Under the plan, the two new companies that would be carved out of Microsoft would be kept for 10 years under tight court-imposed restrictions -- including limits on joint ventures, or sharing of technical information or products.
After that, once those two companies become strong competitors with each other and new PC software rivals emerge to compete, Microsoft's two successor companies would be set free to deal with each other closely and might be allowed to merge.
Until the new companies existed, Microsoft would have to share some of its secrets with software competitors, sell its Windows system separately from its other products and let other companies buy Windows without having to buy other Microsoft products. Those rules would apply for three years to the new Windows company once it came into being.
Only with the restraints imposed by the whole package, federal officials said in releasing it, could the antitrust violations of Microsoft be remedied. Jackson ruled April 3 that the company had misused its monopoly over the Windows command center to harm competition in Web browsers and other programs for computer users.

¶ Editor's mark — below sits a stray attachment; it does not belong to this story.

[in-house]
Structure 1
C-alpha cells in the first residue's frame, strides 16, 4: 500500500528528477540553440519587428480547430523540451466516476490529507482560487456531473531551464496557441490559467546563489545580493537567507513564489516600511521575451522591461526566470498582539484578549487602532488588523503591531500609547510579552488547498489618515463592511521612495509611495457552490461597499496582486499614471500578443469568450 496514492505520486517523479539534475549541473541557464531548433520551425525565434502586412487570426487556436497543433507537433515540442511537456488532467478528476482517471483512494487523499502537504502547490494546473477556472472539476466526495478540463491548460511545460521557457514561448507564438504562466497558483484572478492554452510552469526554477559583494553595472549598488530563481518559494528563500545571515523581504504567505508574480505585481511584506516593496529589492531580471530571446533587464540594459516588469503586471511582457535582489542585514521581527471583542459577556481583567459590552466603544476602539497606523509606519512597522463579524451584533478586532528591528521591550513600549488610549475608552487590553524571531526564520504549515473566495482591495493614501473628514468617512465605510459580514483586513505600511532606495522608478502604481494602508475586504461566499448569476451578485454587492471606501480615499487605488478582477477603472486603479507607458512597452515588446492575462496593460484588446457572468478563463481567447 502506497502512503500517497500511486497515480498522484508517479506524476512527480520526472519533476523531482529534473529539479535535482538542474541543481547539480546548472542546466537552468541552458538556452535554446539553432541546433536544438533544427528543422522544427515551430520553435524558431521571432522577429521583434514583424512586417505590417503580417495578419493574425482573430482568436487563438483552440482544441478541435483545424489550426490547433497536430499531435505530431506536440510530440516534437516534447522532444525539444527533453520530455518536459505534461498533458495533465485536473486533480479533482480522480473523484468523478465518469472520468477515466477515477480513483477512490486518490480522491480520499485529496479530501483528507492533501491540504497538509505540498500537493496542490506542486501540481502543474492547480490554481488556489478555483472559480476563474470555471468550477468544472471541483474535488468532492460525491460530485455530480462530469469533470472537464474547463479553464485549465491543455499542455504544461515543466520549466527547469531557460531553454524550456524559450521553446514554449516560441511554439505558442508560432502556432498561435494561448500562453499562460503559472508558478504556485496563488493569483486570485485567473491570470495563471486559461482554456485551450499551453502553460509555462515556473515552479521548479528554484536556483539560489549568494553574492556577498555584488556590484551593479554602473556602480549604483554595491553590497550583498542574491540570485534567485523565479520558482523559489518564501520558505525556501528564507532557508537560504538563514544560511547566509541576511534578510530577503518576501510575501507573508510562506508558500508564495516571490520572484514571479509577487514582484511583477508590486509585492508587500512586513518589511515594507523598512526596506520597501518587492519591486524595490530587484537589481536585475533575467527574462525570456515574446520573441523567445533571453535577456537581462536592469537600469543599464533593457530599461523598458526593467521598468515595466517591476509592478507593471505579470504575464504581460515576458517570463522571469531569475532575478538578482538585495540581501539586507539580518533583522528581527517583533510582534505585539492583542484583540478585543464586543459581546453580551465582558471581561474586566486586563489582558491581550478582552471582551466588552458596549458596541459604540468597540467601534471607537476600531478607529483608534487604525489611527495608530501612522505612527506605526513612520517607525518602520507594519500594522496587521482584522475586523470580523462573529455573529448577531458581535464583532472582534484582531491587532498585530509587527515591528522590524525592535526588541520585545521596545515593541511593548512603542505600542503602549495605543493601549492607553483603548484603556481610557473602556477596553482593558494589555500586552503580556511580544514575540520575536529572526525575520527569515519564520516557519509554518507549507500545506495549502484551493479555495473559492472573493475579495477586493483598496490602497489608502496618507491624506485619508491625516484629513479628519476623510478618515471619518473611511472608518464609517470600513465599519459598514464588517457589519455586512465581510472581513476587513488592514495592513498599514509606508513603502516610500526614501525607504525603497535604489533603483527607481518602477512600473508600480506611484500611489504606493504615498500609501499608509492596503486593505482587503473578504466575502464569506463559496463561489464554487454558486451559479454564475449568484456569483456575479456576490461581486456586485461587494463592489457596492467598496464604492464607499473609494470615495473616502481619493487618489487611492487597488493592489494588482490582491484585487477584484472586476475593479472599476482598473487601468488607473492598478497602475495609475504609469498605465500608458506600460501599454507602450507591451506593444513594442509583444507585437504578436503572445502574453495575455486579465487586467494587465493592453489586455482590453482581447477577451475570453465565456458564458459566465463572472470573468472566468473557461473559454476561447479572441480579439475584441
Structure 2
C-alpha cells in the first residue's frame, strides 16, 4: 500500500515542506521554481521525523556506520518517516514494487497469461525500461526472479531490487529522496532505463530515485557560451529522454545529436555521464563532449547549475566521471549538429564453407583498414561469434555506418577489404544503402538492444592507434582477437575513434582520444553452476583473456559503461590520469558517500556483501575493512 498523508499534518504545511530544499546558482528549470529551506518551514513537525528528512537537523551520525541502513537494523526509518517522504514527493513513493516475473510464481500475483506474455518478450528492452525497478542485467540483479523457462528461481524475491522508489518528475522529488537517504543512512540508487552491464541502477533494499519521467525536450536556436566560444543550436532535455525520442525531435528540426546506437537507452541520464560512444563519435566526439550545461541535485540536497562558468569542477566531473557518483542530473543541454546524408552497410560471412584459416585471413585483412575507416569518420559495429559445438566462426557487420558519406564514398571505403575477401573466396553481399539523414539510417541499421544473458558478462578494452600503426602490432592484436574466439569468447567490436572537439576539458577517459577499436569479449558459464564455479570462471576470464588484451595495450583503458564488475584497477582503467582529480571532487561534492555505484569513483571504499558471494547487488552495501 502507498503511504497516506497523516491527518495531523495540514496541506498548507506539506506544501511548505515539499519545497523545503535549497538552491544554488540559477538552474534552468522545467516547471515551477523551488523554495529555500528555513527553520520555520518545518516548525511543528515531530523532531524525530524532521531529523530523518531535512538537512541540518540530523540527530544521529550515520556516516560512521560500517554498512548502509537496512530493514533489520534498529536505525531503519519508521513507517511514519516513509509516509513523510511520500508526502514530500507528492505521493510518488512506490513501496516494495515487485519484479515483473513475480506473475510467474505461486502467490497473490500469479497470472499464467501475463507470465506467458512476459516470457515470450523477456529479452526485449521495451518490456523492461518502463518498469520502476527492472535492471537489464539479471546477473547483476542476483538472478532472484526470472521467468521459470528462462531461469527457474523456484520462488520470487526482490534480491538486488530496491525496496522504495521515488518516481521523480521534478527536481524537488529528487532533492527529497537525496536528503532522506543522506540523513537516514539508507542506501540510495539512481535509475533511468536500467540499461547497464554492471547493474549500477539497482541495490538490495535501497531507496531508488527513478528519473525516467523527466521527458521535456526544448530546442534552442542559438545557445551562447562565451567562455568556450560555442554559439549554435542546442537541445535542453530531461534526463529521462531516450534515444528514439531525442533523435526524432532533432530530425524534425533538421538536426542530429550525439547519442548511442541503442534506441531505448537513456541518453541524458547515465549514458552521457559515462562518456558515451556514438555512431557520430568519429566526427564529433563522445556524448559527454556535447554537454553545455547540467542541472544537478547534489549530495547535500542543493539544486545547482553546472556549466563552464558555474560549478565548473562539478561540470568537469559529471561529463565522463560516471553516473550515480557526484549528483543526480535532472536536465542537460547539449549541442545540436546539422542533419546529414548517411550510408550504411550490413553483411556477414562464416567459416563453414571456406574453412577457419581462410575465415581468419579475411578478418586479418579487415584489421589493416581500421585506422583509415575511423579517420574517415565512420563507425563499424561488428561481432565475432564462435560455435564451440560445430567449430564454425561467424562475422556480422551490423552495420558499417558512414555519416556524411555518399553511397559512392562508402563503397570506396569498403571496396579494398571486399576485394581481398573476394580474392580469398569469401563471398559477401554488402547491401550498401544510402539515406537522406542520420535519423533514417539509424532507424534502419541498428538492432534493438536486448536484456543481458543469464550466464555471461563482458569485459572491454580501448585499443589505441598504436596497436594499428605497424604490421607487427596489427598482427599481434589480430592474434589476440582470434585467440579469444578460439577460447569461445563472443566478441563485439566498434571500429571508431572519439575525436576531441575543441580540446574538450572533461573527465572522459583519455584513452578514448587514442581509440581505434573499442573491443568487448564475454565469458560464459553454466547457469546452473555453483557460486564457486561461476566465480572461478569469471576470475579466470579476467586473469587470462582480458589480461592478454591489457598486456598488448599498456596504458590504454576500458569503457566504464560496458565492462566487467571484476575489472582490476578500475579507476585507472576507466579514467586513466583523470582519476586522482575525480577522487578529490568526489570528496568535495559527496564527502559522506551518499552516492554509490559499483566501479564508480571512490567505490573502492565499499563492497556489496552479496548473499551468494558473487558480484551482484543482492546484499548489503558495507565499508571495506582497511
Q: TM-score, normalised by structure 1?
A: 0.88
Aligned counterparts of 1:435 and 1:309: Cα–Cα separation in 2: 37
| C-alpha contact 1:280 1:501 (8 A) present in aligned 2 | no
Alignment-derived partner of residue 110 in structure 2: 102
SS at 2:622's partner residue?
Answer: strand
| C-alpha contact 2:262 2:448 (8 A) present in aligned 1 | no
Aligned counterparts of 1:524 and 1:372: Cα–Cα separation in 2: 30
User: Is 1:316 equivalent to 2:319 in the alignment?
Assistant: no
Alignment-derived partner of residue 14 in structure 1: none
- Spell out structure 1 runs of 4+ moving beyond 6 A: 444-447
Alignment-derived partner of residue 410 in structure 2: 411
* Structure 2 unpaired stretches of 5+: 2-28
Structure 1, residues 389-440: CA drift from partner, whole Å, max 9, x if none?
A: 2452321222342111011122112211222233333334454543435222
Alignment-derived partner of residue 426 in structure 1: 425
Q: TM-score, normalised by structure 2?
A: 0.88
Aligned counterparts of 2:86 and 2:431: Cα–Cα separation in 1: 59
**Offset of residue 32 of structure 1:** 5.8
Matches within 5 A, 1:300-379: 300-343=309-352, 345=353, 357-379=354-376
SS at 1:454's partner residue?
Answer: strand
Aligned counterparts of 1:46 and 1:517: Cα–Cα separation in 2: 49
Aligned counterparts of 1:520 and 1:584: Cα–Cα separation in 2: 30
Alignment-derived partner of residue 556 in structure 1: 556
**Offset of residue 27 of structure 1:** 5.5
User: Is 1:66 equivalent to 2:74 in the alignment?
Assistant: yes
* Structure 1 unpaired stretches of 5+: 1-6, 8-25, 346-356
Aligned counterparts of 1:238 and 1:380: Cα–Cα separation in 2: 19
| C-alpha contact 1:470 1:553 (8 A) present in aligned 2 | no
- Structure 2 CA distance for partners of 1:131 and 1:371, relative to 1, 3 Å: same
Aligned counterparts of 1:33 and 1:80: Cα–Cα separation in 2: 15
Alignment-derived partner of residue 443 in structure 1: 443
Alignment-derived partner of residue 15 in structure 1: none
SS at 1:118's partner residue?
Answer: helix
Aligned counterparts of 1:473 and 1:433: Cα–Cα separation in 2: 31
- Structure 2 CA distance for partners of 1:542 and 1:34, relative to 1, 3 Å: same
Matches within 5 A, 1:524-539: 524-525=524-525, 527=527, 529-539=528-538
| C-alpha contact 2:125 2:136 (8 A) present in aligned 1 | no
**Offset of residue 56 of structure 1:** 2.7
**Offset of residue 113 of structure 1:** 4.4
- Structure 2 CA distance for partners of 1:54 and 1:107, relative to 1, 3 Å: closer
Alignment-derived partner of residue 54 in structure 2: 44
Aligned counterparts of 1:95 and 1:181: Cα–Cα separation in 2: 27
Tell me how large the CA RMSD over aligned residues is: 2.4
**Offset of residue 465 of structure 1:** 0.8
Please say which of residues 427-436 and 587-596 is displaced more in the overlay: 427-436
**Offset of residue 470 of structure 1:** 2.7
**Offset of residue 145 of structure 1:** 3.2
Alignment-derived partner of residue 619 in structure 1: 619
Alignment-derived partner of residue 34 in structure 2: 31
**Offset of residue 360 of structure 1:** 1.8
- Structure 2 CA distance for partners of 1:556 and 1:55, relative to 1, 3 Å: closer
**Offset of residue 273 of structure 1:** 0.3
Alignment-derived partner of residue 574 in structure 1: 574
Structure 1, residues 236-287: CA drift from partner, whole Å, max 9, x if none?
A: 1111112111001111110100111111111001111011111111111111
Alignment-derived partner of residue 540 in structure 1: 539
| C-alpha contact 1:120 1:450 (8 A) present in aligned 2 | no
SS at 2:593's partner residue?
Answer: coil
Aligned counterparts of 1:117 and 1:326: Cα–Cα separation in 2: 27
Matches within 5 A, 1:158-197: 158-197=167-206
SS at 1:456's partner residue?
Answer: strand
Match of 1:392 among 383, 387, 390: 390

The proposal is the suggested remedy for those violations, and for violations of the antitrust laws of Maryland and 18 other states. Those states had filed a parallel lawsuit with the Justice Department case filed 23 months ago.
At a news conference yesterday, Assistant Attorney General Joel Klein, the department's antitrust chief in the suit, labeled the software giant "an entrenched monopolist" and said the government's proposed remedy seeks to shift control over the public's choice of consumer products away from Microsoft -- and away from government overseers -- to consumers.
Klein said the department and the states had rejected proposals to break Microsoft into three or more companies because they believed that two strong new companies would respond better to market influences, thus reducing the need for close government supervision. Anticipating a complaint by Microsoft that the plan would stifle its creative energies, Klein said, "This decree will not limit Microsoft's ability to add new features to its products or otherwise to innovate."
Attorney General Janet Reno called it "the right remedy at the right time," arguing that it would "stimulate competition, promote innovation, and give consumers new and better choices in the marketplace."
The new companies under the plan would not be fledgling start-ups. With one confined to Windows and the other with every other software product, they would probably emerge instantly as giants in their own right.